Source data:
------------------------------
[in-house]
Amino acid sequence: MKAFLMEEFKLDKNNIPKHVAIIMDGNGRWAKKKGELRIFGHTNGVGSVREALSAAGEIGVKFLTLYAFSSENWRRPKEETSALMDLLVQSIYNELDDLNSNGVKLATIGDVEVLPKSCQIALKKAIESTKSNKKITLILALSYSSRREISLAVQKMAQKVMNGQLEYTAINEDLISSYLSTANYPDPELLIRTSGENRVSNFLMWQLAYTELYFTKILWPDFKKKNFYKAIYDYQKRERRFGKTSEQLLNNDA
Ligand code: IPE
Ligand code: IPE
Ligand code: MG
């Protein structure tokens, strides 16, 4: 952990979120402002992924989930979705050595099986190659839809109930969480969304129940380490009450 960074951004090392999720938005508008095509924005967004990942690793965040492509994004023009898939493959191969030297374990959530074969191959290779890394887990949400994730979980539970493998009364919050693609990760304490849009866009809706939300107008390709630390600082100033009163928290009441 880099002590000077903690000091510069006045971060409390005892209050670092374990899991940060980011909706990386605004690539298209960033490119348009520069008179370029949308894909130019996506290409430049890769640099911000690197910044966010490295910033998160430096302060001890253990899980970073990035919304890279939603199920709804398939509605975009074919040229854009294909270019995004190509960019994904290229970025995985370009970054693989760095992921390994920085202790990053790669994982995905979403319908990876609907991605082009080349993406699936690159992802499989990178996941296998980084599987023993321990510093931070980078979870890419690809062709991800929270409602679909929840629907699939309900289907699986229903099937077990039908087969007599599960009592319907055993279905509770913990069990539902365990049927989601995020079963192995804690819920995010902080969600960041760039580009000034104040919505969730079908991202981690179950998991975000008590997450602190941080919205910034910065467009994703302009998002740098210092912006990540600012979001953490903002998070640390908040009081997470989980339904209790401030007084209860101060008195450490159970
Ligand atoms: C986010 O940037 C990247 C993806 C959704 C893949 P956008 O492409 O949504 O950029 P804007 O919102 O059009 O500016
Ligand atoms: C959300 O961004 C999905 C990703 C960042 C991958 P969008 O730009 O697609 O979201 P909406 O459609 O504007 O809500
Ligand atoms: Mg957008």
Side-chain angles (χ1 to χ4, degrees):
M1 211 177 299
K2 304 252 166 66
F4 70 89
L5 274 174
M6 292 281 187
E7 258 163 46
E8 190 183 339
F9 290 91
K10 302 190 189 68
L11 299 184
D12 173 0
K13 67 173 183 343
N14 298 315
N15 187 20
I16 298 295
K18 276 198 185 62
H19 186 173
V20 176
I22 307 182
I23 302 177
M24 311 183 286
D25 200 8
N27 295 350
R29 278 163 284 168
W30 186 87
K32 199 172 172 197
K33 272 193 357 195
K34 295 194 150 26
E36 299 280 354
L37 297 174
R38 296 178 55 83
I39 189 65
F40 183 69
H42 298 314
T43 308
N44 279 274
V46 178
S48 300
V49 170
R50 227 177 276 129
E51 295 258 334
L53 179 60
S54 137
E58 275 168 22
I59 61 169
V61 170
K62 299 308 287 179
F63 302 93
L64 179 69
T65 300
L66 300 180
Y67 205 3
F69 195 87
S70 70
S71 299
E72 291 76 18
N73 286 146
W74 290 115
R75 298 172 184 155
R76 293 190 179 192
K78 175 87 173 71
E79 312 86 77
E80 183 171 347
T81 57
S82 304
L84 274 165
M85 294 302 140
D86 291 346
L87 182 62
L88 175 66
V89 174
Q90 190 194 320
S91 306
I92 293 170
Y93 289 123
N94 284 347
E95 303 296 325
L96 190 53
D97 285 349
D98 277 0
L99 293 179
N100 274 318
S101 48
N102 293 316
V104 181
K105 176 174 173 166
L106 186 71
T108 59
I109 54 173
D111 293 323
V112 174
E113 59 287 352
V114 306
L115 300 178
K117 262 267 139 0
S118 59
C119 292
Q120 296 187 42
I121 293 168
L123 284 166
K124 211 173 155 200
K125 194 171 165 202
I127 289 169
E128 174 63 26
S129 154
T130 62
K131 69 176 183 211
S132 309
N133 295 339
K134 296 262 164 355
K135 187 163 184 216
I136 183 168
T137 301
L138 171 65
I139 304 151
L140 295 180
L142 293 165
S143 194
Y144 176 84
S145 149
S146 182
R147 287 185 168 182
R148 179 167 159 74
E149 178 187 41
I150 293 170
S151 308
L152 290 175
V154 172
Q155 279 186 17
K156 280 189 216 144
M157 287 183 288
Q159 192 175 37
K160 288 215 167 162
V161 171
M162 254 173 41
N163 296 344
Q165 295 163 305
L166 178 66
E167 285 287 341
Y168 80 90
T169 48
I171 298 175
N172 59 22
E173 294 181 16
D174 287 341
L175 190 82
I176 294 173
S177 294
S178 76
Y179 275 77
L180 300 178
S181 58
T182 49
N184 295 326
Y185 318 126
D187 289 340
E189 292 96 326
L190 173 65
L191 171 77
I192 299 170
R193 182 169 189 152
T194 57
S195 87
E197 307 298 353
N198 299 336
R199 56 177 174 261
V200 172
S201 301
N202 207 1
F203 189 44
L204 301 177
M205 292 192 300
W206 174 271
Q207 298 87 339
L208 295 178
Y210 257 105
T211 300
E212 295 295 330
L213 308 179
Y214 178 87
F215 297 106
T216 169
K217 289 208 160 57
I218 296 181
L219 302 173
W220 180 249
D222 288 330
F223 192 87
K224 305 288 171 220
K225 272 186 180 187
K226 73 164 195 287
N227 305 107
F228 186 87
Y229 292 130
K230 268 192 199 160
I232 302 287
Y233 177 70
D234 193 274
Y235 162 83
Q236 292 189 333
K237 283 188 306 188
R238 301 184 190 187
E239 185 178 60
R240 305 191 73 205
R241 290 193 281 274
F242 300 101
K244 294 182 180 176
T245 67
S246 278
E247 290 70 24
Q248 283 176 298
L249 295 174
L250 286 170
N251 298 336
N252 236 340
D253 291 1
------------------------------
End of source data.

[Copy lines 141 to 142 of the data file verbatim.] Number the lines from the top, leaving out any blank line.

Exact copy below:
M157 287 183 288
Q159 192 175 37